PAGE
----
Why Have Marijuana Use Disorders Doubled in the Past Decade?
Marijuana use and cannabis use disorders (CUD) have both doubled since 2001.
Posted Oct 23, 2015
A new study reports that marijuana use more than doubled in the past decade. Between 2001 and 2013, the number of adults who used marijuana in the United State increased from 4.1 percent to 9.5 percent.
The researchers also identified a substantial increase in marijuana use disorders or "cannabis use disorder" (CUD) during this time period. The researchers estimate that 3 of 10 current marijuana users have a cannabis use disorder.
Cannabis is defined as any of the various parts of the hemp plant, cannabis sativa, from which marijuana, hashish, and similar mildly euphorogenic and hallucinogenic drugs are prepared. The terms "cannabis" and "marijuana" are often used interchangeably.
In 2013, Cannabis Use Disorder was recognized in the fifth version of the Diagnostic and Statistical Manual of Mental Disorders. With the publication of DSM-5, cannabis abuse and dependence are now considered part of the same substance use disorder, or simply, cannabis use disorder.
A Brief History of Marijuana Prohibition and Legalization
Marijuana was legal in the United States until 1937, when Congress passed the Marijuana Tax Act which made cannabis illegal. At the time, the American Medical Association (AMA) opposed the legislation prohibiting the legal use of marijuana for medical purposes. Prior to the prohibition of Marijuana in 1937, cannabis had been recognized as a medical drug and marketed as an extract or tincture by a variety of pharmaceutical companies for treating ailments such as anxiety and lack of appetite.
Despite the medical establishment's opinion that cannabis had medicinal benefits, in 1970, the passage of the Comprehensive Drug Abuse Prevention and Control Act classified marijuana as a Schedule I drug. This classification of drugs are deemed to have a high potential for abuse and federally denied from being written as prescriptions by doctors. Other Schedule I drugs include: Heroin, LSD, Mescaline, Psilocybin, Bath Salts, MDMA (Ecstasy), Khat, and GHB.
Tetrahydrocannabinol, or THC, is the active ingredient in marijuana that makes you high. THC is still considered a Schedule 1 drug at the Federal level by the DEA, even though some U.S. states have legalized marijuana for recreational and/or medical use.
In the past decade, U.S. laws and attitudes towards marijuana across the country have become more relaxed and cannabis use has become more commonplace. Marijuana is currently legalized for medical purposes in 23 states and for recreational use in 4 states and the District of Columbia.
Marijuana legalization and cannabis use for recreational and medicinal puposes is a complex issue that stirs up passionate repsonses. Public opinions about cannabis on both sides of the aisle continue to create heated debates. Of all the health issues that I write about for Psychology Today, nothing is more controversial than the topic of marijuana. Anything I say about cannabis inevitably illicits adamant responses from readers.
Cannabis Use Disorders Have Doubled in Tandem with Increased Marijuana Use
The October 2015 study, “Prevalence of Marijuana Use Disorders in the United States Between 2001-2002 and 2012-2013,” was published online by JAMA Psychiatry. For this study, researchers compared data from face-to-face interviews with over 43,000 U.S. adults between 2001 and 2002 to data from over 36,000 people collected between 2012 and 2013.
The number of marijuana use disorders grew in tandem with the number of users, growing from 1.5% of the adult population in 2001-2002 to 2.9% in 2012-2013. Three of every ten Americans (30.6%) who used marijuana in the past year were categorized with a marijuana, or cannabis use disorder.
The experts attribute the rise in marijuana use disorders directly to the increase in the number of marijuana users. These findings are consistent with other studies which found an increase in cannabis-related emergency room visits and fatal car crashes associated with cannabis use. The experts caution that if the prevalence of U.S. marijuana users increases, so will the number of individuals at risk for cannabis-related problems.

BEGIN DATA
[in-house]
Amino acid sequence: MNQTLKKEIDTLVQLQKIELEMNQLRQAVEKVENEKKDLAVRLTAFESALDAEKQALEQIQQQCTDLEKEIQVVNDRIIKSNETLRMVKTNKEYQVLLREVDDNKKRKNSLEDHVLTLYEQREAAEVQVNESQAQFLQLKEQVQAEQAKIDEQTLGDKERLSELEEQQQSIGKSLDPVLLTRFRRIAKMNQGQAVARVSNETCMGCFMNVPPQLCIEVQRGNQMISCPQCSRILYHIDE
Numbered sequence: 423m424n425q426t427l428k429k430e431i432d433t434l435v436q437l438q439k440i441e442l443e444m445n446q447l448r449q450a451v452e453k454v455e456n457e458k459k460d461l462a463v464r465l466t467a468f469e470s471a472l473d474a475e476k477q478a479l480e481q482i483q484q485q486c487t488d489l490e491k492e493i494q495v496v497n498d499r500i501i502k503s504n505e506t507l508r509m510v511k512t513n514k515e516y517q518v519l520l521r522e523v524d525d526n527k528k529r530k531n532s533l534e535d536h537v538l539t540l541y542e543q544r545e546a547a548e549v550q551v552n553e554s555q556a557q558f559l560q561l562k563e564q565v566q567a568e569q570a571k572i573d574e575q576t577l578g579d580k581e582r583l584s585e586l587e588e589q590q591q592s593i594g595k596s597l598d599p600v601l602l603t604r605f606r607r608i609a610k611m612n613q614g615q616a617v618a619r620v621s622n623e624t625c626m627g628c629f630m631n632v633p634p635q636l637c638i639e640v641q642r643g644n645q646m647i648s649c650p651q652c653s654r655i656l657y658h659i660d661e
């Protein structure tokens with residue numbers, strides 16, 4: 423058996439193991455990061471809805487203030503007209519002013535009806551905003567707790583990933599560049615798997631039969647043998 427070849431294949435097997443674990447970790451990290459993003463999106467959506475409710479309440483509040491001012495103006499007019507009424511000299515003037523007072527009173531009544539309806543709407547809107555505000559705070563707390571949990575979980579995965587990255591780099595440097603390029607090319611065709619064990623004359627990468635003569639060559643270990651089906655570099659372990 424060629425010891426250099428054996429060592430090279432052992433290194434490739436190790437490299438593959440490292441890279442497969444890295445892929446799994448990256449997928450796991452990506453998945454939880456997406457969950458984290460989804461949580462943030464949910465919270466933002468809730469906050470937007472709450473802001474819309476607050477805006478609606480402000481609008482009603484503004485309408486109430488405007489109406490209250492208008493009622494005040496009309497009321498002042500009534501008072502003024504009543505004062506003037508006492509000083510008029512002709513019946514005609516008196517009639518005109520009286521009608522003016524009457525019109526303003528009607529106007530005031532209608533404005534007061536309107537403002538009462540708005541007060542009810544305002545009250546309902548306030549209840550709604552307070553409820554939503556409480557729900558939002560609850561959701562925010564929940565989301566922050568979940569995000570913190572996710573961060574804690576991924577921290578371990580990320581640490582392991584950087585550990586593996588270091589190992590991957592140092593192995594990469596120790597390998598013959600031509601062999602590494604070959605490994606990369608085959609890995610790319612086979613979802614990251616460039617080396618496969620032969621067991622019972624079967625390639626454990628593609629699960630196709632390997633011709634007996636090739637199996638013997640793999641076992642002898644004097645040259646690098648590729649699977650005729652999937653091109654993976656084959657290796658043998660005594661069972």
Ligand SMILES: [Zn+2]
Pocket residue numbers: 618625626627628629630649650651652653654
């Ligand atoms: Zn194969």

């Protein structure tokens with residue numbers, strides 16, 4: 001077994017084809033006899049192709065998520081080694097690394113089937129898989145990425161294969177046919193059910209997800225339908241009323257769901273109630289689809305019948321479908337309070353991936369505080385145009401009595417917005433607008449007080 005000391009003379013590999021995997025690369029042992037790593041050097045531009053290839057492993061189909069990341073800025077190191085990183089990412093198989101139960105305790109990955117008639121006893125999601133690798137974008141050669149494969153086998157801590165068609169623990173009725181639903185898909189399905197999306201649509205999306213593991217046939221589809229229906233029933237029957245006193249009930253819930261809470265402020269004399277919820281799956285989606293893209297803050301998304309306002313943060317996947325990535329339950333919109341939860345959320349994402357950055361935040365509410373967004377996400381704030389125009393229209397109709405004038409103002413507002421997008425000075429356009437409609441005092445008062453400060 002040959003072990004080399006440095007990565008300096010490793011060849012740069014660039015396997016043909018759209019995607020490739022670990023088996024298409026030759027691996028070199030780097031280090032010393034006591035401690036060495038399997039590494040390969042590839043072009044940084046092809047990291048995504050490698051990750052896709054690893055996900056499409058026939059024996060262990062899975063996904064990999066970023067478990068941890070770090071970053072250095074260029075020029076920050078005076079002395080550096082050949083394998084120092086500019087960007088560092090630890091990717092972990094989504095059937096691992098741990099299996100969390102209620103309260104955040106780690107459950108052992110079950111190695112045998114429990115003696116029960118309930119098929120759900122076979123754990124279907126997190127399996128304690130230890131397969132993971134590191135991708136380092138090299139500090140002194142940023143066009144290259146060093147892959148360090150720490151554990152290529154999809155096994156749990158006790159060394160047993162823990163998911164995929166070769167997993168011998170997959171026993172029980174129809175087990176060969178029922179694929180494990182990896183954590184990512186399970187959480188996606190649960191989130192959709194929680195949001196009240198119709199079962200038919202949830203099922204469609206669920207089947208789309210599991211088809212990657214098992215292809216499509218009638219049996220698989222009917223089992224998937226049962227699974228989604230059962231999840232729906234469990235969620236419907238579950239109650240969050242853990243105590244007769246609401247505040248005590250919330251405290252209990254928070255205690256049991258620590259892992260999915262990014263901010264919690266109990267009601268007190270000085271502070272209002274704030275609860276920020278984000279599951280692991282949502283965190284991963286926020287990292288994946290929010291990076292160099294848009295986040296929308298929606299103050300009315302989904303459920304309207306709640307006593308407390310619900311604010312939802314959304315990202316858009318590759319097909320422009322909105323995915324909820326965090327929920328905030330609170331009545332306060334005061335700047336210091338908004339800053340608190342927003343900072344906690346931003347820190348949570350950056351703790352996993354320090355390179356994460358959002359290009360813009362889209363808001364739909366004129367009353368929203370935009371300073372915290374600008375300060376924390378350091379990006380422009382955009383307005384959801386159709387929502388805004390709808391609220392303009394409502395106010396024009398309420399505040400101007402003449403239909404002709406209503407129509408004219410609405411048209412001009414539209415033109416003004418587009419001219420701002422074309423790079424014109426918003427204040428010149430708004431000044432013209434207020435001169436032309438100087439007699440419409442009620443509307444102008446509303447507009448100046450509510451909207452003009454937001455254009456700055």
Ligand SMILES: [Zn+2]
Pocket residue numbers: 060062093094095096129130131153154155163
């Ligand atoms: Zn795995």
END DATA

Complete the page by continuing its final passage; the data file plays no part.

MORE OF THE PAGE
More Middle-Aged and Older People Are Using Marijuana Since 2001
Interestingly, it appears that 45-64 year olds have been using significantly more marijuana in the past decade. Why would middle-aged and older adults show an increase in marijuana use? The researchers hypothesize that this could be a result of medical marijuana laws having little effect on adolescent recreational marijuana use.
In an April 2015 Psychology Today blog post, "The Psychological Damage of Alcohol Abuse Can Be Lethal," I wrote about a study from from the University of Washington published in the American Journal of Public Health which found that binge drinking in the United States has also dramatically risen in the past decade.
On average, heavy drinking among Americans rose 17.2 percent between 2005 and 2012, largely due to rising rates among women. Across the nation, binge drinking among women increased more than seven times the rate among men. The researchers suggest that women’s drinking habits have evolved as a reflection of changes in "social norms," but the reasons are probably much more complex. The same could be true for the increase in cannabis use during this similar period.
Other demographic increases in the past decade for cannabis use included especially large numbers of women, blacks, Hispanics, and southerners. In a press release, Deborah Hasin, PhD, professor of clinical epidemiology at the Mailman School of Public Health and Columbia University Medical Center said,
"At a time when Americans increasingly view marijuana use as harmless and favor its legalization, our findings suggest the need for caution and more public education about the potential for harms is warranted. This information is important to convey in a balanced manner to health professionals, policy makers and the public as the U.S. continues to consider legalization."
This call-to-action by Hasin et al is the primary reason that I am writing this blog post. In terms of public opinion, the pendulum appears to have swung too far towards a misconception that marijuana is not only harmless, but may in fact be “good for you." Obviously, cannabis has valid medicinal purposes. However, from the research I’ve done, and my personal experience, I believe that chronic or heavy use of marijuana is often detrimental.
Cannabis Vs. Endocannaboids (Self-Produced Cannabis)